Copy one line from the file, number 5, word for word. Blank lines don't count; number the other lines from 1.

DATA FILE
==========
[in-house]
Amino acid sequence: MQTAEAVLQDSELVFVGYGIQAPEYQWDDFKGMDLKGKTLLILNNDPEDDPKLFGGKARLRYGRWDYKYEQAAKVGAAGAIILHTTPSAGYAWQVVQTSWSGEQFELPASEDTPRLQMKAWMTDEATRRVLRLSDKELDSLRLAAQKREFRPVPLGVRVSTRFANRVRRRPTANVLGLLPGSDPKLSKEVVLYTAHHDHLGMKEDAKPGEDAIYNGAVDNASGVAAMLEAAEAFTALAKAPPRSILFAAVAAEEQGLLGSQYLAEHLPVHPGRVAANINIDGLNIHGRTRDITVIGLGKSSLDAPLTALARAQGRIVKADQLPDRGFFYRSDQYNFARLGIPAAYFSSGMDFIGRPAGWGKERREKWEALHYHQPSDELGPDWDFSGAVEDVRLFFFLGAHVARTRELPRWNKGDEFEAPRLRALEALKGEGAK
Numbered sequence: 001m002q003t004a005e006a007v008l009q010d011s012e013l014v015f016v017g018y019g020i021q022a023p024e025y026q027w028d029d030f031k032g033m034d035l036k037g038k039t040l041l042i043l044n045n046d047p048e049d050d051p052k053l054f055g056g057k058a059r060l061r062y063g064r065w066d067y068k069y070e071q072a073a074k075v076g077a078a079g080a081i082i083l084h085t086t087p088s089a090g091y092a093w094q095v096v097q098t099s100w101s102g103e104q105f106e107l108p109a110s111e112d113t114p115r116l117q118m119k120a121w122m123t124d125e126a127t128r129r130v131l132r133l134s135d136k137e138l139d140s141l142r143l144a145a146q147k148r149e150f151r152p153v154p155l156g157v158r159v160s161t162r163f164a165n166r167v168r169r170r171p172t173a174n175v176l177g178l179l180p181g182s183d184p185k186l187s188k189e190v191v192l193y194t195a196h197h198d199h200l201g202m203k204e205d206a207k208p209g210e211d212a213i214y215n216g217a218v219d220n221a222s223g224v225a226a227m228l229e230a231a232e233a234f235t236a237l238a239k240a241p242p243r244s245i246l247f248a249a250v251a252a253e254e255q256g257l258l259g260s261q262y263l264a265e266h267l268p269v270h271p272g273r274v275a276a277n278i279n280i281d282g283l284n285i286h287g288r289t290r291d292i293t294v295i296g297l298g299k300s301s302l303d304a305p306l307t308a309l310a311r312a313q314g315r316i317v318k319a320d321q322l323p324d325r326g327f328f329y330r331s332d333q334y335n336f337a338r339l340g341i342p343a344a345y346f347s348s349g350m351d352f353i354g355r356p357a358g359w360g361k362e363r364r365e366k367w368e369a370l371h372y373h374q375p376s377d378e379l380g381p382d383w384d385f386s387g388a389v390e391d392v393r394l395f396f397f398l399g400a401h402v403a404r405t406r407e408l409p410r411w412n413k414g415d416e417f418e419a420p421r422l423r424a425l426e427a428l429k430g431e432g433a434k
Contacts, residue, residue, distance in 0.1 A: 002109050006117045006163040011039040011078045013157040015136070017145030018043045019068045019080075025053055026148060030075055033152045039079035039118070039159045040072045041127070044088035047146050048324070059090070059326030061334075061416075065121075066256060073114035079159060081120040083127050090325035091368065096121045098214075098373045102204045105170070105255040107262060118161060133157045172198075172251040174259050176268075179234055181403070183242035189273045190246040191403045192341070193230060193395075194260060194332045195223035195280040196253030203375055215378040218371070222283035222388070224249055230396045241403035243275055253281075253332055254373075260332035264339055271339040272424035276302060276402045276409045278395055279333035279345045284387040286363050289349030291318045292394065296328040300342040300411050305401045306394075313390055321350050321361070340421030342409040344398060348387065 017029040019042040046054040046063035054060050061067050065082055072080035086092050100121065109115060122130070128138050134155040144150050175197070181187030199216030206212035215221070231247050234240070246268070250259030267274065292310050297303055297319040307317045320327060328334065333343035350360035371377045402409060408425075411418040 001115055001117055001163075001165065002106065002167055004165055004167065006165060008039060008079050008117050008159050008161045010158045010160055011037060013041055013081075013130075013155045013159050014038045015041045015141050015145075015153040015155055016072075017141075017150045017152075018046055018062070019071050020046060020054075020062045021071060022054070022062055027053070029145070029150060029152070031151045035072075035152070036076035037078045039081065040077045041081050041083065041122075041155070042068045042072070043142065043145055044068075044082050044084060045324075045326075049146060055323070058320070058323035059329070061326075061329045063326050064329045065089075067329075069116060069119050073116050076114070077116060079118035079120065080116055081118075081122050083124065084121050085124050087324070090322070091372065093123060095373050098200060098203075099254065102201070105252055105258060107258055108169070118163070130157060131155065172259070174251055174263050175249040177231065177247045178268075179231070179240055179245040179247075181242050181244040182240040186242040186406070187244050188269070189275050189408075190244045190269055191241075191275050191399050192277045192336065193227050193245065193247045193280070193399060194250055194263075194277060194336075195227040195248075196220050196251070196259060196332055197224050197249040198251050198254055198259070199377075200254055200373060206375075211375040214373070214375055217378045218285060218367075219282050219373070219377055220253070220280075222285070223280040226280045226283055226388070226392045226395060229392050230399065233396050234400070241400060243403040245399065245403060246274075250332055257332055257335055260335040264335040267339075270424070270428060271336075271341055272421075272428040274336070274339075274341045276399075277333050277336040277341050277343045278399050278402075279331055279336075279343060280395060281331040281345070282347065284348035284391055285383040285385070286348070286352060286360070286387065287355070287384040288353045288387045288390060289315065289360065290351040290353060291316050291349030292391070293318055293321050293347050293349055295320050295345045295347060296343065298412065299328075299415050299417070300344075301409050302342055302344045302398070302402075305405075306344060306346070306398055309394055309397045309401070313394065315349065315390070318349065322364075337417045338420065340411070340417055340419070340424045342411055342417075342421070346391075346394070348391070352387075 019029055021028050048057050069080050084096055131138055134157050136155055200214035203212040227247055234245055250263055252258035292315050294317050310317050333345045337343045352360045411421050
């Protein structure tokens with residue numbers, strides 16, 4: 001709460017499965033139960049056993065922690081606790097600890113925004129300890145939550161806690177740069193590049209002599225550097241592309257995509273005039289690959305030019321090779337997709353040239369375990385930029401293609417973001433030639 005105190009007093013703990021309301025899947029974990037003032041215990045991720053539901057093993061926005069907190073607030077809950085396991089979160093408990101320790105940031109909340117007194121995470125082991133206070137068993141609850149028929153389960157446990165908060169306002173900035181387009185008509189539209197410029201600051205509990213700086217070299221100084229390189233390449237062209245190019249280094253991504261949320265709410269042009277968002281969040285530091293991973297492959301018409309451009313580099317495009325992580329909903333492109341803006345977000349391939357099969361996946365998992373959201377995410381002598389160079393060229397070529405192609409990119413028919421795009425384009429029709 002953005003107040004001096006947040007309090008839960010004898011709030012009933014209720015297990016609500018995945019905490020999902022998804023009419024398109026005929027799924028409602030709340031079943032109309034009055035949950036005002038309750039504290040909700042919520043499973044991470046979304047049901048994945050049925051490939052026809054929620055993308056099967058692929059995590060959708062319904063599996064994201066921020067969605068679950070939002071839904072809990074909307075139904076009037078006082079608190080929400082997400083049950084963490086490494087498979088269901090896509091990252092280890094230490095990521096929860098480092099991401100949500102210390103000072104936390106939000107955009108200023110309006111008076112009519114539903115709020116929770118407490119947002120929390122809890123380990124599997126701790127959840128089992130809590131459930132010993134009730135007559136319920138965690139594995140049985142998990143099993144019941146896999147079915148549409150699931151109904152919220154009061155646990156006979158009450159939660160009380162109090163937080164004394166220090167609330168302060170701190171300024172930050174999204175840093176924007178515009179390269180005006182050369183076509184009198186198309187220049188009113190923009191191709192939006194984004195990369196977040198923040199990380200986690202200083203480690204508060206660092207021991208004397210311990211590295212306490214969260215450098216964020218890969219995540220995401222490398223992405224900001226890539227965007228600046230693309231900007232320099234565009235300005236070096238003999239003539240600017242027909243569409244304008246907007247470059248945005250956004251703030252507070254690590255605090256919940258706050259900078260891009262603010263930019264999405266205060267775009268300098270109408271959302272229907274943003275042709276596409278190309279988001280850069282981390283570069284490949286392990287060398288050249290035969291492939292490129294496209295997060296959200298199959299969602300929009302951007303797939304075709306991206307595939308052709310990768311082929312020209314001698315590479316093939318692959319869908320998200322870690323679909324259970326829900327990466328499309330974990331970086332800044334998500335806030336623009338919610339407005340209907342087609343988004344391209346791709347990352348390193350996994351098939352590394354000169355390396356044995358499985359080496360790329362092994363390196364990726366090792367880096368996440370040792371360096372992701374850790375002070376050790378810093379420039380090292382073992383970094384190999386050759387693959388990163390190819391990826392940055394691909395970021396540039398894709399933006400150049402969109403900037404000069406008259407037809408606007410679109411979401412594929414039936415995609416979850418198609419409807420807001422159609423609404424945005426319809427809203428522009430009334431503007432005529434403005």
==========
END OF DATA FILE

């Protein structure tokens with residue numbers, strides 16, 4: 001709460017499965033139960049056993065922690081606790097600890113925004129300890145939550161806690177740069193590049209002599225550097241592309257995509273005039289690959305030019321090779337997709353040239369375990385930029401293609417973001433030639 005105190009007093013703990021309301025899947029974990037003032041215990045991720053539901057093993061926005069907190073607030077809950085396991089979160093408990101320790105940031109909340117007194121995470125082991133206070137068993141609850149028929153389960157446990165908060169306002173900035181387009185008509189539209197410029201600051205509990213700086217070299221100084229390189233390449237062209245190019249280094253991504261949320265709410269042009277968002281969040285530091293991973297492959301018409309451009313580099317495009325992580329909903333492109341803006345977000349391939357099969361996946365998992373959201377995410381002598389160079393060229397070529405192609409990119413028919421795009425384009429029709 002953005003107040004001096006947040007309090008839960010004898011709030012009933014209720015297990016609500018995945019905490020999902022998804023009419024398109026005929027799924028409602030709340031079943032109309034009055035949950036005002038309750039504290040909700042919520043499973044991470046979304047049901048994945050049925051490939052026809054929620055993308056099967058692929059995590060959708062319904063599996064994201066921020067969605068679950070939002071839904072809990074909307075139904076009037078006082079608190080929400082997400083049950084963490086490494087498979088269901090896509091990252092280890094230490095990521096929860098480092099991401100949500102210390103000072104936390106939000107955009108200023110309006111008076112009519114539903115709020116929770118407490119947002120929390122809890123380990124599997126701790127959840128089992130809590131459930132010993134009730135007559136319920138965690139594995140049985142998990143099993144019941146896999147079915148549409150699931151109904152919220154009061155646990156006979158009450159939660160009380162109090163937080164004394166220090167609330168302060170701190171300024172930050174999204175840093176924007178515009179390269180005006182050369183076509184009198186198309187220049188009113190923009191191709192939006194984004195990369196977040198923040199990380200986690202200083203480690204508060206660092207021991208004397210311990211590295212306490214969260215450098216964020218890969219995540220995401222490398223992405224900001226890539227965007228600046230693309231900007232320099234565009235300005236070096238003999239003539240600017242027909243569409244304008246907007247470059248945005250956004251703030252507070254690590255605090256919940258706050259900078260891009262603010263930019264999405266205060267775009268300098270109408271959302272229907274943003275042709276596409278190309279988001280850069282981390283570069284490949286392990287060398288050249290035969291492939292490129294496209295997060296959200298199959299969602300929009302951007303797939304075709306991206307595939308052709310990768311082929312020209314001698315590479316093939318692959319869908320998200322870690323679909324259970326829900327990466328499309330974990331970086332800044334998500335806030336623009338919610339407005340209907342087609343988004344391209346791709347990352348390193350996994351098939352590394354000169355390396356044995358499985359080496360790329362092994363390196364990726366090792367880096368996440370040792371360096372992701374850790375002070376050790378810093379420039380090292382073992383970094384190999386050759387693959388990163390190819391990826392940055394691909395970021396540039398894709399933006400150049402969109403900037404000069406008259407037809408606007410679109411979401412594929414039936415995609416979850418198609419409807420807001422159609423609404424945005426319809427809203428522009430009334431503007432005529434403005």